From Fairbanks to Miami, young people aren’t the only ones to benefit from quality afterschool programs. Millions of parents who would otherwise have to take time off work rely on afterschool programs to provide support for their children until the business day ends. Knowing that their kids are safe and cared for means that these parents can commit themselves fully to their careers during the day, and that peace of mind pays dividends: a study from Catalyst indicates that afterschool programs help save $300 billion per year, thanks to increased worker productivity.

As Lights On Afterschool approaches, working parents come to mind as one of the beneficiaries of afterschool programs across the nation. In Fairbanks, Alaska, Dale credits his daughter’s afterschool program with his daughter’s improved academic performance and his own literally atmospheric career path. With her kids safe and learning in an afterschool program, Kelly in Alabama was able to return to school and continue her college education while working more than 50 hours a week. And Laticia, an afterschool program director in Oklahoma, has a front-row seat of the effect afterschool has on all children—including her own.

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learn more about: Afterschool Voices Working Families
AUG
4
2017

IN THE FIELD
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Welcome, 2017-2018 class of Afterschool & Expanded Learning Policy Fellows!

By Jen Rinehart

Torrance Robinson from FLUOR speaks to the 2016-2017 Fellows about corporate engagement

Sixteen leaders in the field of afterschool and expanded learning nationwide have been selected as White-Riley-Peterson (WRP) Policy Fellows as part of a partnership between the Riley Institute at Furman University and the Charles Stewart Mott Foundation.

Through deep discussion of case studies led by policy change-makers, the fellowship equips graduates with a real-world understanding of sound policy-making for afterschool and expanded learning. In the ten-month program, which begins in October, fellows will study afterschool/expanded learning policy and develop and implement state-level policy projects in partnership with their statewide afterschool networks and the national Afterschool Alliance.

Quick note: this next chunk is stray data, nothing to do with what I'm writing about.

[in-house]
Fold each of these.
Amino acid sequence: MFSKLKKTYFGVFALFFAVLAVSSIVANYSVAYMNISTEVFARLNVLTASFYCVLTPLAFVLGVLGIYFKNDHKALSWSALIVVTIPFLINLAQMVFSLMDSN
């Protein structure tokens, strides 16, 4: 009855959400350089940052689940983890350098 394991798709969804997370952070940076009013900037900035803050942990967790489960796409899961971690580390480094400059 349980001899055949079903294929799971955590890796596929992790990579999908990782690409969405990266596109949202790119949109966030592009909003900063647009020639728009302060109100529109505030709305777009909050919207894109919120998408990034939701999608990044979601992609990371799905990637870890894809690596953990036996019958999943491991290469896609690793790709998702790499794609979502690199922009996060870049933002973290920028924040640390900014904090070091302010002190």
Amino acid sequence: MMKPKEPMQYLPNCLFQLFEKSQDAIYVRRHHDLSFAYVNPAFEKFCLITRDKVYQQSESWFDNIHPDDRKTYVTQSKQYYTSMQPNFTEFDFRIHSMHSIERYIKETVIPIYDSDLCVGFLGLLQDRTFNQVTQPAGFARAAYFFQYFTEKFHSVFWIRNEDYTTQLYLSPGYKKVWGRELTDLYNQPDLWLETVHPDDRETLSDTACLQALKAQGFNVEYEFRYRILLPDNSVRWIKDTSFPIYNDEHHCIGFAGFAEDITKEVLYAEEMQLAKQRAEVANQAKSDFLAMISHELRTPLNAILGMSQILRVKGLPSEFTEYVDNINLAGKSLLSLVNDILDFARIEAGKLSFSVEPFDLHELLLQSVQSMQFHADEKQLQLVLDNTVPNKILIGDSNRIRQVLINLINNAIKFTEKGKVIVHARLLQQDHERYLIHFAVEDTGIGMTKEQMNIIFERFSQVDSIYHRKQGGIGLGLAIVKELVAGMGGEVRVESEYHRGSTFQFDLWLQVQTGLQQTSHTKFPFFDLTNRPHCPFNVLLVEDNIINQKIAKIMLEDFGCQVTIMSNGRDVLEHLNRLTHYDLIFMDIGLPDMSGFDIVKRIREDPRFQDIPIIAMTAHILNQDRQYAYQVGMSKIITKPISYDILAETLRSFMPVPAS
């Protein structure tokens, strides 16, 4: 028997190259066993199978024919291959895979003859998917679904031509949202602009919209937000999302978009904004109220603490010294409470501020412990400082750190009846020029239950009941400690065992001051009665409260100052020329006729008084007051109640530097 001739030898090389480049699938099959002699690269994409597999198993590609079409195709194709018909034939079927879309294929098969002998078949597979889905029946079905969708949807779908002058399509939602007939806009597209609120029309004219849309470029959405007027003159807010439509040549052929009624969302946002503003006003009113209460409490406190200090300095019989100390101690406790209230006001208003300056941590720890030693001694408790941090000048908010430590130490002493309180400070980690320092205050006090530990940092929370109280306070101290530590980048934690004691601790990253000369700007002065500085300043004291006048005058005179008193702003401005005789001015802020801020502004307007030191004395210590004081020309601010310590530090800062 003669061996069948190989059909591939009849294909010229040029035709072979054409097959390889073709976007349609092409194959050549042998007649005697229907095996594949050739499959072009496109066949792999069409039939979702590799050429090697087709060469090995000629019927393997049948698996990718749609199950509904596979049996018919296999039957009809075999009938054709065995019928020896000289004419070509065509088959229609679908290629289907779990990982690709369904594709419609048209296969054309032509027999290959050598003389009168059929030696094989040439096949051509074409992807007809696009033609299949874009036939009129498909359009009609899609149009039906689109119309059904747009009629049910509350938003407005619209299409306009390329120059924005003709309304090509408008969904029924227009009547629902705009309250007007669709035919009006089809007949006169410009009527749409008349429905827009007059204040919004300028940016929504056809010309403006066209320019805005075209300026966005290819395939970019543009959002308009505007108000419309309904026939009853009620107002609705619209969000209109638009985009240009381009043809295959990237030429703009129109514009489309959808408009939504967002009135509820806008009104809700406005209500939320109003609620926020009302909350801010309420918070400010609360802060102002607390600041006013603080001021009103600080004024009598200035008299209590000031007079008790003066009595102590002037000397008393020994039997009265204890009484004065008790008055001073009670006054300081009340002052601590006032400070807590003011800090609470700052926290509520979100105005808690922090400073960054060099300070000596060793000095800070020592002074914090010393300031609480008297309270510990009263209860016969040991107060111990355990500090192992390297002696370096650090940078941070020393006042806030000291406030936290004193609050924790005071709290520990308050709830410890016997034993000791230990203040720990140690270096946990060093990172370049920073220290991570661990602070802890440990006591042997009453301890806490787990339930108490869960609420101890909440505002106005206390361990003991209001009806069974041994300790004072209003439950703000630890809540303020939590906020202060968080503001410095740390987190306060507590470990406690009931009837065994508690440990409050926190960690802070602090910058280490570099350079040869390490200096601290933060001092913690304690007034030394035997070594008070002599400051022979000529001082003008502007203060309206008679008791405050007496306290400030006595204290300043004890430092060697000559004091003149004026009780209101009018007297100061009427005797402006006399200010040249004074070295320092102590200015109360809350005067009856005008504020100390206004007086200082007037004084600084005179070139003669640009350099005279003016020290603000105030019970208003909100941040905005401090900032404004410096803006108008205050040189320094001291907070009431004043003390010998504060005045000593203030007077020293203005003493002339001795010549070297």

"Attending the White-Riley-Peterson Policy Fellowship was as not only rewarding academically but also for creating network partners across the country,” said Darren Grimshaw of the Burlington Police Department, a recent fellow. “The manner in which policy development was presented allowed for the collaboration of fellows and the input of subject matter experts in the field of afterschool programming. This policy fellowship experience has also given me the tools necessary to continue building much needed partnerships between law enforcement and out-of-school programs. This was an amazing hands-on experience."

AUG
1
2017

IN THE FIELD
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Guest blog: Afterschool-law enforcement partnership gives justice-involved youth a new path

By Guest Blogger

By Rachel Willis, research project manager at the Kansas Enrichment Network.

  

After celebrating early successes, the Spartan Explorers afterschool program will continue through the 2017-2018 school year. Begun in January 2017, the program is a partnership between Emporia High School and the Fifth Judicial District Community Corrections in Emporia, Kansas, developed to better engage high school youth who are involved with the judicial system, truant, or on probation.

Both school administrators and community correction officers recognized the need to keep youth safe and busy between the hours of 3 and 6 p.m., when juvenile crime is most likely to occur. During the 2017 spring semester, 17 youth attended the program where they were given the opportunity to engage in hands-on activities.

“It was important to connect with the students socially, emotionally and educationally,” says Community Corrections Director Steve Willis.